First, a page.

“Concrete analysis of concrete conditions”, says Stalin, “is the soul of Marxism.” And he adds: “Everything depends upon time, place and conditions.” Concretely, this means that in order to avoid errors we have to take as a point of departure things as they are, and not as we would like them to be. We have to base ourselves on concrete reality, not on wishful thinking.

For sure, everyone agrees with this proposition; but the point is to apply it every place, every time. Any deviation from it, no matter how slight, breaks with the historical materialist method of thinking, and puts us in the camp of idealism. Idealists have a distorted view of reality. Thus, a political line that is based on an idealist view of reality has to necessarily, independently of the will of its authors, be incorrect. Whoever breaks the dialectics between the objective and the subjective, between theory and practice, between knowing and doing, between thinking and being, is making, we repeat, idealist errors, is making a subjective “analysis” of conditions.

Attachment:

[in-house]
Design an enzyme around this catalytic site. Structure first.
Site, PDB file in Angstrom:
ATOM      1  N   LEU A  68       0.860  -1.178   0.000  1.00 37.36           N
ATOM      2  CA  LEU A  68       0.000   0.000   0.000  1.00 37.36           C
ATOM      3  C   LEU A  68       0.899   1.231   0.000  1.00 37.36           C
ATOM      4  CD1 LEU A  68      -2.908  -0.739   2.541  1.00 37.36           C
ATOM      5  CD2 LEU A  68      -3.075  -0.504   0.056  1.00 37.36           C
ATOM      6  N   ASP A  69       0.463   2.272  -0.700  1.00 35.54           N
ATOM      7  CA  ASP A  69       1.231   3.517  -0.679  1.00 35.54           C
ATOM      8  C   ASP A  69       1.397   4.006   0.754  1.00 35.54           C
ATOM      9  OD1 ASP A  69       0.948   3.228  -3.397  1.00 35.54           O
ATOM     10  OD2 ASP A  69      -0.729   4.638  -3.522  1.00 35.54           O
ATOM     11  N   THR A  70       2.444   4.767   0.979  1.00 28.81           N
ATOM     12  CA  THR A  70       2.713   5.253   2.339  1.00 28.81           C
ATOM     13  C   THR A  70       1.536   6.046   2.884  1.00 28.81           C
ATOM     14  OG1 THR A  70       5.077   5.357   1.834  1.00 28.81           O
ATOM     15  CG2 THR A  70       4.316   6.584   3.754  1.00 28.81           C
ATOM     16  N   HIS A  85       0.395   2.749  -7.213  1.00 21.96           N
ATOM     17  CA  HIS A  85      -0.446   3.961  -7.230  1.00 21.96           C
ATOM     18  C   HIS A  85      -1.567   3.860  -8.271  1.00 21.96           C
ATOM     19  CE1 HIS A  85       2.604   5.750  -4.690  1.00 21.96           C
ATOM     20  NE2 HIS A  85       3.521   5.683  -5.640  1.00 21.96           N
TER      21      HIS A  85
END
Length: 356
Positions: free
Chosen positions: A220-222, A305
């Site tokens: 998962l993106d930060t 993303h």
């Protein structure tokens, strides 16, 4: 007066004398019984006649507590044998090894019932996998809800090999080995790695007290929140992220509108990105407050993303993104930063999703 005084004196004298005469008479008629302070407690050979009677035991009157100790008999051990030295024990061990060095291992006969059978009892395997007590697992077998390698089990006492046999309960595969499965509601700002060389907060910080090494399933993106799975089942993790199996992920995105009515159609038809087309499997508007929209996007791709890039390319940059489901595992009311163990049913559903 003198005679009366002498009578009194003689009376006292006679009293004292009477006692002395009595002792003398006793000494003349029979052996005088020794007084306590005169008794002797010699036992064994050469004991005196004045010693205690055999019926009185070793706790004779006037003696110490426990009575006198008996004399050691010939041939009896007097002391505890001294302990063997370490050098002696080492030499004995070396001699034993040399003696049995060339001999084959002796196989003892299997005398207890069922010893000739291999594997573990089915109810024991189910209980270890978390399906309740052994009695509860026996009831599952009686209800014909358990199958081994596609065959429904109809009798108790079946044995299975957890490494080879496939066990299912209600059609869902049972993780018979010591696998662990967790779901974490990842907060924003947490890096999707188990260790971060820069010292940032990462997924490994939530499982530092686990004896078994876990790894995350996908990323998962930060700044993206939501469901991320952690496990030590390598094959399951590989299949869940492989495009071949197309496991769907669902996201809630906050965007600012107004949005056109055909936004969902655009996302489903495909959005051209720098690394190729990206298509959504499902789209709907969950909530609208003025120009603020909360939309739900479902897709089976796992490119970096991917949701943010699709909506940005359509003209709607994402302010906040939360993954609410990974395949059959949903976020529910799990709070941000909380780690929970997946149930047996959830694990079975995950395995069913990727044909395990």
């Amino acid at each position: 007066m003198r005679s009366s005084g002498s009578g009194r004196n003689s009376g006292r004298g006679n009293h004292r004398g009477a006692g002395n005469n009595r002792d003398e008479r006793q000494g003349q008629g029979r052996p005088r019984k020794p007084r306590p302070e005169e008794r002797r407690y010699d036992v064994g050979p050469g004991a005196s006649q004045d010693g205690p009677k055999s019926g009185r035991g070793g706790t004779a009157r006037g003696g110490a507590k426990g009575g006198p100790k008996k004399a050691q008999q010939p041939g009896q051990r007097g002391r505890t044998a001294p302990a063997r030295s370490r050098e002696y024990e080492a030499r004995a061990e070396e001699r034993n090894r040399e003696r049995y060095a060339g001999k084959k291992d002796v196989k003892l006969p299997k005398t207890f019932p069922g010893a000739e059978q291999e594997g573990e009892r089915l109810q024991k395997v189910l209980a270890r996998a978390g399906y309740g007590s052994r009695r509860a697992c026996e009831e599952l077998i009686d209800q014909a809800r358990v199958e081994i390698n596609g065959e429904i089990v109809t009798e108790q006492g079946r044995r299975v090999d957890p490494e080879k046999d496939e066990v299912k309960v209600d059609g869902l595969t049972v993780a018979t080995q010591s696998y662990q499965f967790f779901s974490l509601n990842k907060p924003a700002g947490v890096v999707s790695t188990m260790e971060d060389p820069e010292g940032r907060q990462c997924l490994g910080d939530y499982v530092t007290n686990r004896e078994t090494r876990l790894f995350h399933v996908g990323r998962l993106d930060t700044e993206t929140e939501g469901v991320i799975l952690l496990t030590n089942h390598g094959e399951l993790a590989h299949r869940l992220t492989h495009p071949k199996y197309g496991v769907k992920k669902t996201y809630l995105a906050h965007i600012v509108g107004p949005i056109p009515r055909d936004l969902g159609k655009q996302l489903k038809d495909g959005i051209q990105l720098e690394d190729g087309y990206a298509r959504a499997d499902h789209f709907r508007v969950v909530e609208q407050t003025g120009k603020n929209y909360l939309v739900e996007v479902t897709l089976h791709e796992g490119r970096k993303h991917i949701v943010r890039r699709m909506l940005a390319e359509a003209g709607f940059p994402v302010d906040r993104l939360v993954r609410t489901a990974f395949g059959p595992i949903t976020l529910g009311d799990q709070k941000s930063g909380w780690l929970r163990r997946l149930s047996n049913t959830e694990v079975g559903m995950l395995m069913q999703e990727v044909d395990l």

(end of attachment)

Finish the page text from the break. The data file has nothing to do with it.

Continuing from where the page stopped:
We have done this many times, in many different ways. Sometimes we have completely relied on book knowledge of phenomena and, without a good grasp of the “time, place and conditions” we have put forward solutions which have served to solve problems in other places, at other times, but which have no application to our concrete reality. This subjectivist deviation is called dogmatism, and we have to plead guilty for having made dogmatic errors in our treatment of some questions.

Our approach to the Afro-American question is a good example of this. When in 1975 we put forward our support for the right to self-determination up to and including se cession of the Afro-American nation in the Black Belt South, we had not made any substantial investigation of the actual historical development of that nation, nor of its present socioeconomic conditions. And yet, we adopted the position.

We based ourselves on the two Comintern resolutions of 1928 and 1930, in which the existence of the nation was in fact scientifically proven. But we did not really grasp the thorough and rigorous scientific analysis done by the Comintern on this question. Its scientific approach of “seeking truth from facts” was disregarded, and substituted by a lazy bone and dogmatic approach of taking positions without considering time, place and conditions.